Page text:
KCET Departures "Writing on the Wall" guest editorial series continues with G. James Daichendt, Ed.D., Professor and Exhibitions Director at Azusa Pacific University. He can also be found on Facebook, "Stay Up," which is named after his upcoming book "Stay Up! Los Angeles Street Art."
By G. James Daichendt
As a professor of art history and an art critic working within the institutional framework of high art, I know all too well that we honor and hold certain products of human creation in high regard. In both the university and museum system, we facilitate academic discourse for deeper understanding because of the cultural importance of these objects. Because of this attention to collecting, preserving, and educating, high art has become a part of the vocabulary of the cultural elite, wealthy, and educated. In more academic and historic terms, it's the art of aristocrats and the intelligentsia, a sub-set of society that is defined by social class and economic status.
Low art in contrast is a concept that typically refers to products of pop culture and entertainment. It's used in a derogatory fashion because of the mass appeal these products have with the general public. The accessibility means they are understandable and typically are in great supply. Folks who are swayed by these objects are deemed anti-intellectual and the term philistine is used to describe their limited and uneducated perspective.
However, the resurgence of interest from galleries and museums in graffiti and street art has made this low/high art debate much more interesting. Historically graffiti and street art have not enjoyed a high art distinction because it's accessible, uses familiar imagery, and takes place outside learned institutions. A common discussion -- even Leonardo da Vinci argued for painting being a higher form of art than other art forms.
Certainly by bringing graffiti and street art indoors, it alters our perception and requires us to think about it more deeply, but that should not be the only indicator of qualifying it as high art and certainly not my argument.
During the 19th century this distinction was much easier to make. High art was sculpture and painting. It was a product of the academy and represented training, skill, tradition, and hard work. Low art was design used in a practical fashion. The wallpaper, chair, or china was important and certainly required skill, hard work, and design but was not elevated to the level of fine or high art.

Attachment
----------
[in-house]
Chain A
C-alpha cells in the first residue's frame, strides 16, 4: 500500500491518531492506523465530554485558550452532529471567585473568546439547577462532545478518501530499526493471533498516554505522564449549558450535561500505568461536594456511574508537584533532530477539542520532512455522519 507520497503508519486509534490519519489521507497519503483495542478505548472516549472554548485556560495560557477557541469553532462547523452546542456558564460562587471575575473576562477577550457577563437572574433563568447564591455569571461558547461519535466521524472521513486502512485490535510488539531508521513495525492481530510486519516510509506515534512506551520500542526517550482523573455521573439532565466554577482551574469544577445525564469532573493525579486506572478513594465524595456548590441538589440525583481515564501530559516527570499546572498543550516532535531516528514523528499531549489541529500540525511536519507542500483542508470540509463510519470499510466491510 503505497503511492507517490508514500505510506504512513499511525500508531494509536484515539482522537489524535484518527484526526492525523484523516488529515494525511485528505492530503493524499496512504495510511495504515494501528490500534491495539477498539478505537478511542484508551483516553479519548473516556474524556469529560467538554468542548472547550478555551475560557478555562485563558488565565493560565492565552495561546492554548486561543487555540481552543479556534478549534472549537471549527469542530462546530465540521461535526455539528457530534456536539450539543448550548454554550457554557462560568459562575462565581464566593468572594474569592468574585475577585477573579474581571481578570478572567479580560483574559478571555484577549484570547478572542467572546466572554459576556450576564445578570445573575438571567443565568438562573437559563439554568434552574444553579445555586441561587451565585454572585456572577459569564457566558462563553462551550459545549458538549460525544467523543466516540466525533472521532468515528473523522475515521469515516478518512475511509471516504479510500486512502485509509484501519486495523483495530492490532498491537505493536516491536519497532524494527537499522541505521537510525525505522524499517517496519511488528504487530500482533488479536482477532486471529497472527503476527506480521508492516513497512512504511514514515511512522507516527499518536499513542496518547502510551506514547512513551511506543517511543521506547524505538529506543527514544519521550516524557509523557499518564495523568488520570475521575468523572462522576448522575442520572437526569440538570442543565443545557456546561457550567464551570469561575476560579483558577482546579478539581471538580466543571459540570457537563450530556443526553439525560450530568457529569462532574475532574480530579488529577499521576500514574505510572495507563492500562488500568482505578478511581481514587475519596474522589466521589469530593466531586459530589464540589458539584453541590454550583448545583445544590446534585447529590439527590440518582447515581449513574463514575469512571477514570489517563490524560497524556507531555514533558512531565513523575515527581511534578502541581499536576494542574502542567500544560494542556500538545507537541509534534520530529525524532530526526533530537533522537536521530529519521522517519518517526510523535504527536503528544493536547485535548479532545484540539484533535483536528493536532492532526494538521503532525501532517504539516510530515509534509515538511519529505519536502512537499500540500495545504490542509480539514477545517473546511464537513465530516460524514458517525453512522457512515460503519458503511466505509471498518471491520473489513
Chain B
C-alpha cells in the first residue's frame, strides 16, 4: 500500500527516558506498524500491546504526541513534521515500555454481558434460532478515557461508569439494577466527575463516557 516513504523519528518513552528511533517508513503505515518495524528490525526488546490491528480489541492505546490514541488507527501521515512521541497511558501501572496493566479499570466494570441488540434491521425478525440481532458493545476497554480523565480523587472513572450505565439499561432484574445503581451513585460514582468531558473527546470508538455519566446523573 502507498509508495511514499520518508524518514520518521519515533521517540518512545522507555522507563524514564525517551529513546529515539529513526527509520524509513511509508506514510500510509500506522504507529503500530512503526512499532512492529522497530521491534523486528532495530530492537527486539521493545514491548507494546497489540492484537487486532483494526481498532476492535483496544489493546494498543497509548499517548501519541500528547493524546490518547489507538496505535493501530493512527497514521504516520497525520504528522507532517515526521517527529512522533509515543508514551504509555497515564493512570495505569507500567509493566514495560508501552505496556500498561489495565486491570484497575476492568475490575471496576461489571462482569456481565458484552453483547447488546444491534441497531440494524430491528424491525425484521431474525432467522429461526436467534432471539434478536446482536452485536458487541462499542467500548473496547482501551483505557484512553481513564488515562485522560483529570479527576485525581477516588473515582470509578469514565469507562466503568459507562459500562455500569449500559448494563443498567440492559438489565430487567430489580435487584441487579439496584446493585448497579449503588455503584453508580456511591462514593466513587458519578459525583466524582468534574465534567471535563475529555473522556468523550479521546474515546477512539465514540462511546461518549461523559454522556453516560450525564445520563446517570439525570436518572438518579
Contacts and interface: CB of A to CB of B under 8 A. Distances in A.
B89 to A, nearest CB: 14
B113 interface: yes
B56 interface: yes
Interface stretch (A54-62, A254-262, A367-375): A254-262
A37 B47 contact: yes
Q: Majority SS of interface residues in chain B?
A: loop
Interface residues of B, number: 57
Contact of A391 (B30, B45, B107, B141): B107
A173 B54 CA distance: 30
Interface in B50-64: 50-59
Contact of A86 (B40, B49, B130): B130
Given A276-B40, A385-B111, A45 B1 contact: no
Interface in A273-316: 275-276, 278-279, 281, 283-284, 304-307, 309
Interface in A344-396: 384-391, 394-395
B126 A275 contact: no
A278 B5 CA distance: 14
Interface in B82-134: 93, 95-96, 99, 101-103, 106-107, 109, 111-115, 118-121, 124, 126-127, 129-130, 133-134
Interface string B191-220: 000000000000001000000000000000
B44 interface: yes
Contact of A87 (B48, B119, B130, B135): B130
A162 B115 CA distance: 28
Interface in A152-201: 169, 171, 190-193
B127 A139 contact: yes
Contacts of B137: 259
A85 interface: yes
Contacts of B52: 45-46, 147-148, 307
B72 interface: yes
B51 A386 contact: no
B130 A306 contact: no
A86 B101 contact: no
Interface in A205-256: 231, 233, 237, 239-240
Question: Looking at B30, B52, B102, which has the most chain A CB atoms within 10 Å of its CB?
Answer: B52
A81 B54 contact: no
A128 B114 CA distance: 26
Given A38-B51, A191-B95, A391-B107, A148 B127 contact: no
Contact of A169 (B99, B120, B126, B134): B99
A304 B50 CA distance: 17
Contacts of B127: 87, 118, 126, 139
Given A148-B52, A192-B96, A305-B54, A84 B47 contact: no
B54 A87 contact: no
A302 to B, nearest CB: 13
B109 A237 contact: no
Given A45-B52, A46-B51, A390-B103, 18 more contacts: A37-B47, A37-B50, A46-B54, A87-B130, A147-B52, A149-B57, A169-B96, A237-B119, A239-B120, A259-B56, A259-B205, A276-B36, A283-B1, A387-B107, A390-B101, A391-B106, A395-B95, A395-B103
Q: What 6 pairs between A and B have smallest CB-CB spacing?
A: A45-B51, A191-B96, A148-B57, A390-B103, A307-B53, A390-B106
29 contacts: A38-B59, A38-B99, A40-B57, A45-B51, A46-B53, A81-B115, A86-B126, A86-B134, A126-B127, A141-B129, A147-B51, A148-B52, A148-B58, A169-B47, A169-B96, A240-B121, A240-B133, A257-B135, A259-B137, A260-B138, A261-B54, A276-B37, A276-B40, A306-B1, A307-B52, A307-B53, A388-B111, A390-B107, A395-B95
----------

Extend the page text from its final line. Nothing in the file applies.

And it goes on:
The story of Modernism from the mid-19th to the mid-20th century challenged what we consider a work of art. Art was no longer subject to a tight set of rules and procedures. As the movement of Modernism continued through the 20th century, it became more difficult to determine what was a work of art. Warhol's Brillo Boxes (1970), which looked exactly like the boxes bought in a store, further complicated these distinctions. One needed the gallery or prior knowledge in order to engage this box as a work of high art.
Street art as a movement confuses this divide. Existing outside the conventions of where art is made and exhibited, it instantly removes itself from the high-minded notions of educational institutions. It's not taught in college and certainly would cease to be what it is -- if it entered the university system. Although many have tried to bring graffiti and street art into the academy, it's a counterintuitive idea. The democratic act of making street art requires the streets to determine the worth of the art, not a critique inside the walls of the university.
However, the cultural connotation of low art is changing. Slowly these derogatory associations are being challenged. Much like the term geek referred to an outcast, it has now evolved in meaning to become someone with a special knowledge about a subject of study. Graffiti and street art are no longer simplistic one-liners for the uneducated but instead are being reexamined for their own history, techniques, skills, concepts, and stories. From my perspective, graffiti and street art are still low art but we as a culture place much more interest on them and value their special knowledge.
The low art label is no longer a quality judgment; it's rather a cultural perspective and does not signify good or bad. High art is also not necessarily more important than low art. In fact, with street art and graffiti there may not be any formal or productive differences between low and high. Rather the difference is an artificial divide created by people and institutions. From the low art perspective, graffiti and street art challenges the status quo art world including its institutions. This distinction then allows for insider/outsider debates.
Graffiti and street art are the most significant forms of art making in recent history, which makes this conversation meaningful again. Such a statement challenges institutional education, scholarship, and professional practices. This new set of anti-modern artists run rampant -- ignoring cultural posturing and use their art in anyway they see fit. The outsiders have become insiders through this story, challenging the characteristics of high art. While we may say that the lines are blurring between low and high -- it's perhaps more appropriate that the low art distinction has been invited inside and is running amuck in high minded institutions.
Below: Trailer for the upcoming book "Stay Up!: Los Angeles Street Art" to be released November 2012
Top: Photo by Lord Jim I Courtesy of "Stay Up"
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